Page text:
According to a new survey from AAA, Americans are less likely than they used to be to perceive a serious threat from dangerous driving behaviors such as drunk, aggressive or drowsy driving.
The AAA Foundation for Traffic Safety analyzed four years of public surveys it performed, and found the number of people who believe driving after drinking is a serious threat declined from 90% in 2009 to 69% in 2012.
Survey results during the previous four years show decreasing concern for other dangerous driving behaviors:
- The number of people who consider drowsy driving a very serious threat declined from 71% in 2009 to 46% in 2012.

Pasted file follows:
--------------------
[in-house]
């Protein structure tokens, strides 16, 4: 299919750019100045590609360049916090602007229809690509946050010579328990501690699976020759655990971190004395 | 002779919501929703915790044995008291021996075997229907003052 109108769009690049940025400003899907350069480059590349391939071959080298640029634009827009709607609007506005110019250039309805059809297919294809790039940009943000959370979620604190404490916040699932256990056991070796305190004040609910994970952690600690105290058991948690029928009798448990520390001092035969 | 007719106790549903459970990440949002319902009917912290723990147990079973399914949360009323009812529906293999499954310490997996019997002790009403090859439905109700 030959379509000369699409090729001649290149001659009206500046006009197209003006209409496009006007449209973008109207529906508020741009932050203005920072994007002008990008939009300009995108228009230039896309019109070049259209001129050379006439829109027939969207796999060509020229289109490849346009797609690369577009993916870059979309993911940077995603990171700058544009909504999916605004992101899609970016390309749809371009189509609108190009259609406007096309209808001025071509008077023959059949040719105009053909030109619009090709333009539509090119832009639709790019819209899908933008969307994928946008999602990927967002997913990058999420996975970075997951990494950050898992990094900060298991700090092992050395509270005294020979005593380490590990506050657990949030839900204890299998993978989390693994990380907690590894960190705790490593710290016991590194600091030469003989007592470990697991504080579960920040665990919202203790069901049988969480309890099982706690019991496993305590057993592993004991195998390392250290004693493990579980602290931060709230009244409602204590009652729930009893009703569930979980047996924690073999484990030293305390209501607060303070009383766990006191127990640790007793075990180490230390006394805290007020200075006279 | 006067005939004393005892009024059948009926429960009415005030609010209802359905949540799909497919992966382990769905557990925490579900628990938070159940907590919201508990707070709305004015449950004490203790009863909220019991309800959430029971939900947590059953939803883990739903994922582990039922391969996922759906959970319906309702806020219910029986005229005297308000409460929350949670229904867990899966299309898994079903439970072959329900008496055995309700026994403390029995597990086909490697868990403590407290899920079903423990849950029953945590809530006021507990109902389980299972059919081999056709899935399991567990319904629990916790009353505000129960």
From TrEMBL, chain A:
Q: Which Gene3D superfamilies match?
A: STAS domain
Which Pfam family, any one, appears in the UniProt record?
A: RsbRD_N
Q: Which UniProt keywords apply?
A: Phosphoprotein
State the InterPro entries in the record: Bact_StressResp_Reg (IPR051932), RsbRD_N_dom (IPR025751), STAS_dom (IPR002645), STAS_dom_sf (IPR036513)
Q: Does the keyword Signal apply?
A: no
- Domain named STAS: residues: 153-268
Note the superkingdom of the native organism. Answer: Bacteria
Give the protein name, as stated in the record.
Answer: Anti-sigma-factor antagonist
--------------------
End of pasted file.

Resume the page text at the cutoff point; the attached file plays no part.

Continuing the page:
- The number of people who believe that texting or emailing while driving is a very serious threat declined from 87% in 2009 to 81% in 2012. At the same time, the number of people who admit to texting while driving increased from 21% to 26% during the same period.
- The number of people who consider red light running to be completely unacceptable declined from 77% in 2009 to 70% in 2012. In fact, 38% admitted to running a red light within the previous month.
"Motorists may be growing more complacent about potential safety risks behind the wheel," said Peter Kissinger, president and CEO of the AAA Foundation for Traffic Safety. "A 'do as I say, not as I do' attitude remains common with many motorists consistently admitting to engaging in the same dangerous behaviors for which they would condemn other drivers."